WEST BLOOMFIELD TOWNSHIP, Mich. (AP) — A business executive who gunned down a police officer responding to a trouble call at his suburban Detroit house committed suicide, an autopsy found Tuesday.
Ricky Coley, 50, killed himself with a gunshot to the mouth, according to a report by Dr. Cheryl Loewe of the Oakland County medical examiner's office.
Authorities said Coley fired through a wall and door as police approached his room Sunday night, killing Officer Pat O'Rourke and precipitating a 20-hour armed standoff that ended Monday with Coley dead in a weapons-strewn bedroom.
The businessman, who was going through legal and marital turmoil, shot O'Rourke as officers responded to a report of a possible suicide attempt at his home in West Bloomfield Township, authorities said. About 15 families were evacuated from nearby homes during the subsequent standoff.
Coley and his wife had recently divorced and federal authorities filed a lawsuit accusing him of mishandling employees' insurance funds.
West Bloomfield Township police said they were also called to his home about a month ago because he was reportedly suicidal.
Coley owned CNC Holdings, a private equity firm that bought 51 percent interest in Translogic Auto Carriers in 2008. Translogic, an 8-year-old company based in the Michigan Thumb area town of Bad Axe, hauled new vehicles from automakers to dealerships. It had more than 200 drivers and employed dozens of others in the community.
Coley, who had worked for Ford Motor Co. and General Motors, believed he knew what automakers needed, said business partner Lyn Tetreau, who owned the other 49 percent of Translogic.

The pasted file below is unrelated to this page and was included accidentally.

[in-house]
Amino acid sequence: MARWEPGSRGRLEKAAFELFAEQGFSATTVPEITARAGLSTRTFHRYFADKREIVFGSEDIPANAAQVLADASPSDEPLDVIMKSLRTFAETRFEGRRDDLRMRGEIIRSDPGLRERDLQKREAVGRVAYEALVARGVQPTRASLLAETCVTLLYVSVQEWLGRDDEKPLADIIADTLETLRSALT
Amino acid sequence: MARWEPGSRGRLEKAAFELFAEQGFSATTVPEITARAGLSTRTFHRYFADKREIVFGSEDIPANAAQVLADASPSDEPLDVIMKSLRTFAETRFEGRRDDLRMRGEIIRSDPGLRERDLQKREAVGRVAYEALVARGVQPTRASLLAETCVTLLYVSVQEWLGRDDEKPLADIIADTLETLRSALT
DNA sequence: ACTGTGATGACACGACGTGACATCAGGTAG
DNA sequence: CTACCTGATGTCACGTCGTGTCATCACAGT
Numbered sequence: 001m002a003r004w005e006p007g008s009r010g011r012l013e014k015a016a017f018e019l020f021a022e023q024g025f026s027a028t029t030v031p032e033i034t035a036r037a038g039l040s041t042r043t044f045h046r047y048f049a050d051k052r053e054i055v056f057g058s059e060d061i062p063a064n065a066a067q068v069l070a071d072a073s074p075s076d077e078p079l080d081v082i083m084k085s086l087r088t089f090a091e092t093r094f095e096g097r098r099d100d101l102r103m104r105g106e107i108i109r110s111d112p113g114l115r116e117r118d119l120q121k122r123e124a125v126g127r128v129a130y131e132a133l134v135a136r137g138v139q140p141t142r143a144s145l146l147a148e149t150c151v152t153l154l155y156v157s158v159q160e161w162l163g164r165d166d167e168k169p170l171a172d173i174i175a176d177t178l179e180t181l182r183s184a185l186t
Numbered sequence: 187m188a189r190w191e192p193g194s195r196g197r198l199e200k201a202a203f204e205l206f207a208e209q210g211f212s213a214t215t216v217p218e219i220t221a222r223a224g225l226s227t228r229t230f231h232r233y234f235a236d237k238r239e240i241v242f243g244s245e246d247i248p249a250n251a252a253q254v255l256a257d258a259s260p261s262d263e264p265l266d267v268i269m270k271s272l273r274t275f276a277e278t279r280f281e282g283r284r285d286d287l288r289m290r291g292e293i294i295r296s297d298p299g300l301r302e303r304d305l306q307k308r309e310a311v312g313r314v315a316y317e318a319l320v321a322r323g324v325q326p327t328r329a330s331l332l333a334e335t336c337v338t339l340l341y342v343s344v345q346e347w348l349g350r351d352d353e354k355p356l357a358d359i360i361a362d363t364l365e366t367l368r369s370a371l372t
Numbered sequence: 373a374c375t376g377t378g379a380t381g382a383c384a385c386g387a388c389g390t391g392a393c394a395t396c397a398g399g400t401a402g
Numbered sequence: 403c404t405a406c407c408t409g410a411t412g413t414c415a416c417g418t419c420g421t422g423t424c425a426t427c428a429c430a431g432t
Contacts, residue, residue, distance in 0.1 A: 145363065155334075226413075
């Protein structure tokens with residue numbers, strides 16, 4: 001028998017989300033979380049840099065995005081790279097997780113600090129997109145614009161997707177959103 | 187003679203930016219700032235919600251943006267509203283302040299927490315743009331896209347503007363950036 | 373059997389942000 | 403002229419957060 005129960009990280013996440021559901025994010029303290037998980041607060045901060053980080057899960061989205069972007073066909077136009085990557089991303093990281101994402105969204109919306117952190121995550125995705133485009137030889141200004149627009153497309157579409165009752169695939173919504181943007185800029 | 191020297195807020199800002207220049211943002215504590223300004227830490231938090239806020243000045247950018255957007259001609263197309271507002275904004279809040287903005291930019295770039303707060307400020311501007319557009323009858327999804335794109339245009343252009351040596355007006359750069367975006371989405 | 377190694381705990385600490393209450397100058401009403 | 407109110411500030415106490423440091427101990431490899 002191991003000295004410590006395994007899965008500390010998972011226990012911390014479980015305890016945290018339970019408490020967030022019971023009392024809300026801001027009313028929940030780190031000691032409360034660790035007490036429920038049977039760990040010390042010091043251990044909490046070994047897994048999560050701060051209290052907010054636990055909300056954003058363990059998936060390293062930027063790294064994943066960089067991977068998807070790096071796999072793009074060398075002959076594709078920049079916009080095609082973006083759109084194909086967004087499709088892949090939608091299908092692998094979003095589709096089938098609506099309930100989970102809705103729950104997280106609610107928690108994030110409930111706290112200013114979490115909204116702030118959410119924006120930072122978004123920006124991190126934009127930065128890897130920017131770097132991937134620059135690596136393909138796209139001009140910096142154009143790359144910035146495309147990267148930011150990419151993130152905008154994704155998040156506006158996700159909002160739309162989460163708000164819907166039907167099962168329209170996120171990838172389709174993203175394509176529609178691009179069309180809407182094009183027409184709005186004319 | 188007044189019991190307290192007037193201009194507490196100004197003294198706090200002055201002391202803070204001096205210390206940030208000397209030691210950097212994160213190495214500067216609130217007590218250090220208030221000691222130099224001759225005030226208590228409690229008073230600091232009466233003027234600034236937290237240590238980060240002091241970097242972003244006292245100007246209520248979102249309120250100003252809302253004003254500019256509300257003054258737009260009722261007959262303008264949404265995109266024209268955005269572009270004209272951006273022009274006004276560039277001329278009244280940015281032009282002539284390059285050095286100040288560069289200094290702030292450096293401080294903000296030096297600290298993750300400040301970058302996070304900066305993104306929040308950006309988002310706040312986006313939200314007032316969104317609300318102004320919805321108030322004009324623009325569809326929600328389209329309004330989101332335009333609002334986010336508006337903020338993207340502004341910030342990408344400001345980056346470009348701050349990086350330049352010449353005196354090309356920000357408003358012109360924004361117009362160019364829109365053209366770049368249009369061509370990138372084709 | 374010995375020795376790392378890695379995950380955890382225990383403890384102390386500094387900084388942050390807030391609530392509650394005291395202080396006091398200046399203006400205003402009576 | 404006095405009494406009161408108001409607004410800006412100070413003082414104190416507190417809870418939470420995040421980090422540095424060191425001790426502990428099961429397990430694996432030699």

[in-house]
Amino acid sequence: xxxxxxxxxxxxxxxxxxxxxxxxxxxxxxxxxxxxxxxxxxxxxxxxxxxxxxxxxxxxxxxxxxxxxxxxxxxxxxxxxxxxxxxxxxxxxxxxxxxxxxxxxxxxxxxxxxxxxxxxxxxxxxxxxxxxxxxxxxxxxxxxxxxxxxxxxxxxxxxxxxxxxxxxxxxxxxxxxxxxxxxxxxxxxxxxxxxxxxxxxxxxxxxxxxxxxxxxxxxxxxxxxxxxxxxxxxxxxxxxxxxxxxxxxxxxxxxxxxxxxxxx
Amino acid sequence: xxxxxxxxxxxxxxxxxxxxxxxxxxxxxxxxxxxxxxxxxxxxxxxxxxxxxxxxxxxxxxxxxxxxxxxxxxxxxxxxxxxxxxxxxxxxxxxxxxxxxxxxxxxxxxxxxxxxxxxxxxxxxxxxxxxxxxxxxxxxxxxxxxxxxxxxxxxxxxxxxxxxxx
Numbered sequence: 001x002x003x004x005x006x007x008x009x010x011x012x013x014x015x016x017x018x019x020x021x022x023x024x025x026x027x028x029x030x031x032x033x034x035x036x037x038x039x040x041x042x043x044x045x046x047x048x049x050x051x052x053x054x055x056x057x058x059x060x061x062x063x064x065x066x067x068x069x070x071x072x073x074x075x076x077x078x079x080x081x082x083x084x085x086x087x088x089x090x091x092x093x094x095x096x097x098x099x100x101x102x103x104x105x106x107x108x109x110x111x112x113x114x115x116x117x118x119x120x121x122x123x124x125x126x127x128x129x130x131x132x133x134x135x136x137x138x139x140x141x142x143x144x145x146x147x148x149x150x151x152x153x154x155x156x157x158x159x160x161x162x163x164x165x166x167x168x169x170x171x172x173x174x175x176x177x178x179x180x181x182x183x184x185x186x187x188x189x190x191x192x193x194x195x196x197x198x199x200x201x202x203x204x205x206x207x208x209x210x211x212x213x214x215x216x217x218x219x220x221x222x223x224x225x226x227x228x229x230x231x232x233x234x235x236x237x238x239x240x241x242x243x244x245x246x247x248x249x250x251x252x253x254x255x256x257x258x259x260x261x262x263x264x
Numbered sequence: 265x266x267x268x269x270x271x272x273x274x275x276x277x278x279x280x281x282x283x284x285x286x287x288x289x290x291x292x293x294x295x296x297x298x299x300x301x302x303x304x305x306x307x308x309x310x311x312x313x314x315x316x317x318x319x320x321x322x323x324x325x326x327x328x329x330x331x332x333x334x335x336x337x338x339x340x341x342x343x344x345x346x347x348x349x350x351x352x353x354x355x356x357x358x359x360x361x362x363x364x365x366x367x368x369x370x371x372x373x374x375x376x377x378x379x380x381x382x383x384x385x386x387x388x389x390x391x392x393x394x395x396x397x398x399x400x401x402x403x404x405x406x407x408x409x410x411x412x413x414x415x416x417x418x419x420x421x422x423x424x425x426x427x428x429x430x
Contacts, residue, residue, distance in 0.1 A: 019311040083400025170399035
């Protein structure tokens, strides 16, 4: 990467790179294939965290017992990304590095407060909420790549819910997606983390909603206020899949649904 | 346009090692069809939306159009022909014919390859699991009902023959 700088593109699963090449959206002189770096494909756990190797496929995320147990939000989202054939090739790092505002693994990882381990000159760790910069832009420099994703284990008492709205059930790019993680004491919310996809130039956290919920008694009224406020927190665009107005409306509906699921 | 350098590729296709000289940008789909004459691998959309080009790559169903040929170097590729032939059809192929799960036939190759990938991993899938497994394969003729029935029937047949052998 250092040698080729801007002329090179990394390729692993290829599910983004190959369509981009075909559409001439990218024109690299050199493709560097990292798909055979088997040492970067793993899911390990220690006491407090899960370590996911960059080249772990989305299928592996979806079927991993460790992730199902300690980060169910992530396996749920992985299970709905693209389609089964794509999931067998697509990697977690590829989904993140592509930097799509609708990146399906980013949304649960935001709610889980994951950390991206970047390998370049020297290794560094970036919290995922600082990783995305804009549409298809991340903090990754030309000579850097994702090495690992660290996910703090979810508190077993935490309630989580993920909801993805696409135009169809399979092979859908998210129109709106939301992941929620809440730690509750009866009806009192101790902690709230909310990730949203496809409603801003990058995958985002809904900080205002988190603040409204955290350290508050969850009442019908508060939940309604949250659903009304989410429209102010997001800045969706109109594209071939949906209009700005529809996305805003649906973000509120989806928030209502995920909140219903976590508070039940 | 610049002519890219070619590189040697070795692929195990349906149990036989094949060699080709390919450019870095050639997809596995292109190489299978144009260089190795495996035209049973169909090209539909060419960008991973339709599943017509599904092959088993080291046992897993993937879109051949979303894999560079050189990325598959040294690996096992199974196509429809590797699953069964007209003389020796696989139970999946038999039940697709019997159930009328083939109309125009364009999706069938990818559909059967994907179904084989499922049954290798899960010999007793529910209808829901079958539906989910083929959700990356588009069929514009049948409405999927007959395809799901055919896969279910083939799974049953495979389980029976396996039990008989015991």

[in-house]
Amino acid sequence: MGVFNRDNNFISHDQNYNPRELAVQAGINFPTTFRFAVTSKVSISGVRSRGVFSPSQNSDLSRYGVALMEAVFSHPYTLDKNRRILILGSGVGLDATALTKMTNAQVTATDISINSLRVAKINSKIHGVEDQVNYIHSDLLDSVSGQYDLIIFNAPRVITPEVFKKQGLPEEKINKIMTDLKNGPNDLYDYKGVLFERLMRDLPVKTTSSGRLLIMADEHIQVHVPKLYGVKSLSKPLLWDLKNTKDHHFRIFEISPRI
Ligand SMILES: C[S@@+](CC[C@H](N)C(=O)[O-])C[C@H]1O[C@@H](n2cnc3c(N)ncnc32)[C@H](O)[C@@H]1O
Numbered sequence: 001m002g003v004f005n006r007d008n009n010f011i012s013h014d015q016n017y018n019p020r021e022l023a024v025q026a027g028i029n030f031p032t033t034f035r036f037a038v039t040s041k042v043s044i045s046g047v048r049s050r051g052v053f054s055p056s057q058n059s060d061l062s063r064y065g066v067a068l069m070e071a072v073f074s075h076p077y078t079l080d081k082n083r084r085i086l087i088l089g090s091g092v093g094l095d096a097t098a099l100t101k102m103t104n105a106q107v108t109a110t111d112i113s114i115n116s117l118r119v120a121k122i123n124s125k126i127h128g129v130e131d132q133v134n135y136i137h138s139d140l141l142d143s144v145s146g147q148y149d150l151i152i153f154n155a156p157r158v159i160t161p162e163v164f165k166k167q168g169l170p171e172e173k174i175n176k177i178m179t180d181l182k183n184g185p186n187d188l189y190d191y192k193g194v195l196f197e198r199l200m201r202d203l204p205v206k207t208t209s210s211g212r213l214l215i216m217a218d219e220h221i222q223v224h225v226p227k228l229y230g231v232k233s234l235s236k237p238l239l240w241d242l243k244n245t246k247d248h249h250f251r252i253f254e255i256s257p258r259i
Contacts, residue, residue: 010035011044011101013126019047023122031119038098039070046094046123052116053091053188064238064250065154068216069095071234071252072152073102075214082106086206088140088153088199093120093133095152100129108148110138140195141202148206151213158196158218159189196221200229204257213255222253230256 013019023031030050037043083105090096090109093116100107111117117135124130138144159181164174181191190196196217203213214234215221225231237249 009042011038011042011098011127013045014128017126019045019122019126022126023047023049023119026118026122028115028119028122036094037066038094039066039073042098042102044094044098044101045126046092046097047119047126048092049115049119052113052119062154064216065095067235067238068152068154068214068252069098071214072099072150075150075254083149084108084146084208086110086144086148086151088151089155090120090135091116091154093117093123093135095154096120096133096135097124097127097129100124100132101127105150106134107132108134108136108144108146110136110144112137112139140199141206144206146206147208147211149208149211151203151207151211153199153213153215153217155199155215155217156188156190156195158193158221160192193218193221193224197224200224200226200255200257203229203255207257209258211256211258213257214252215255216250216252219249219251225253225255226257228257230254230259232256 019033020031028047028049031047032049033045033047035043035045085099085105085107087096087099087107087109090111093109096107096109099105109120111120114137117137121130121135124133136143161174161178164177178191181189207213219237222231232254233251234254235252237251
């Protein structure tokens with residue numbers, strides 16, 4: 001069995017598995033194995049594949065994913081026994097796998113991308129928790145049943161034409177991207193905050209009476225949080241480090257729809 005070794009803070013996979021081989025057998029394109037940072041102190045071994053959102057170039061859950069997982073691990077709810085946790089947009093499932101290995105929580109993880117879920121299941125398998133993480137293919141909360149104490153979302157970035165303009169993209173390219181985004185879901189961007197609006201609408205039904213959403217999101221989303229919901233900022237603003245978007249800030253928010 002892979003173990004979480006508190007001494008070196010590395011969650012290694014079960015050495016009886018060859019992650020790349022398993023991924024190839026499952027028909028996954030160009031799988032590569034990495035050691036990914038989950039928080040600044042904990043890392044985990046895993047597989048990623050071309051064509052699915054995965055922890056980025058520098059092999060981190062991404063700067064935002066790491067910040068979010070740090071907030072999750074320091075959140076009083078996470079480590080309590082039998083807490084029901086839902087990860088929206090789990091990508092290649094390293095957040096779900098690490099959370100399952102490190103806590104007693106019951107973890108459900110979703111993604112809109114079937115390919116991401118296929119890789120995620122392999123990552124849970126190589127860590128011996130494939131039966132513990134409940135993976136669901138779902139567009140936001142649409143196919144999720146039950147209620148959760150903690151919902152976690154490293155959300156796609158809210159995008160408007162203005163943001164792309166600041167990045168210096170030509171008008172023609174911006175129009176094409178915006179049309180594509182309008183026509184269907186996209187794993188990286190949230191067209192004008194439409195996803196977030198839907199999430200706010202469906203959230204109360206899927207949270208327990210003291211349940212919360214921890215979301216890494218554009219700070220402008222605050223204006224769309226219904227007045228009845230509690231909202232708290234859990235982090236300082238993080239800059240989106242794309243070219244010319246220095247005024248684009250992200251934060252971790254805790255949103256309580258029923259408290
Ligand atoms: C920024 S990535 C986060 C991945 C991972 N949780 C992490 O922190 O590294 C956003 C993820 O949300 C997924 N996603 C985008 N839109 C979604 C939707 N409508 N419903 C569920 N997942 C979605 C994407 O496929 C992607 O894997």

Under the arrangement with his previous partner, Tetreau had run day-to-day operations of Translogic, while his partner oversaw accounting and finances. But Coley wanted more control, Tetreau said.
"Coley wanted to be involved in everything," Tetreau, 45, told The Associated Press Tuesday. "I was the minority owner. He was the majority. He demanded more so than suggested what we do. Coley and I had a totally different direction. We did a lot of bumping heads."
Tetreau said Coley fired him twice as company president, leading Tetreau to go to court so he could stay in charge of operations.
Meanwhile, the U.S. auto industry was collapsing and the nation was in the Great Recession. By 2010, Translogic would file for bankruptcy, despite Tetreau's putting about a $1 million of his own money into the company.
But Coley appeared to be making money off Translogic even when bills weren't being paid, Tetreau said.
"He put himself on a huge salary, working a couple of days each week while barking out orders," Tetreau said. "Coley was trying to leverage as much capital as he could for himself. Myself and the staff became puppets and he was pulling the strings."
The U.S. Labor Department recently filed a lawsuit accusing Coley of mishandling money that was supposed to cover employee insurance at Translogic. The lawsuit says Coley also transferred $342,000 from Translogic to himself or his affiliates.
GM spokesman Greg Martin said Coley had worked in the automaker's information technology section from 1996 to 2001.
Tetreau said he and his family grieve for O'Rourke, a West Bloomfield officer for 12 years, was married and had four children
A vigil for O'Rourke is planned for Tuesday night outside the West Bloomfield Township police station. A funeral Mass is scheduled for Friday.
"I don't believe what has taken place with Coley was based on his life at Translogic," Tetreau said. "I think he had financial troubles and couldn't get his hands on much cash and was not being able to control his personal life."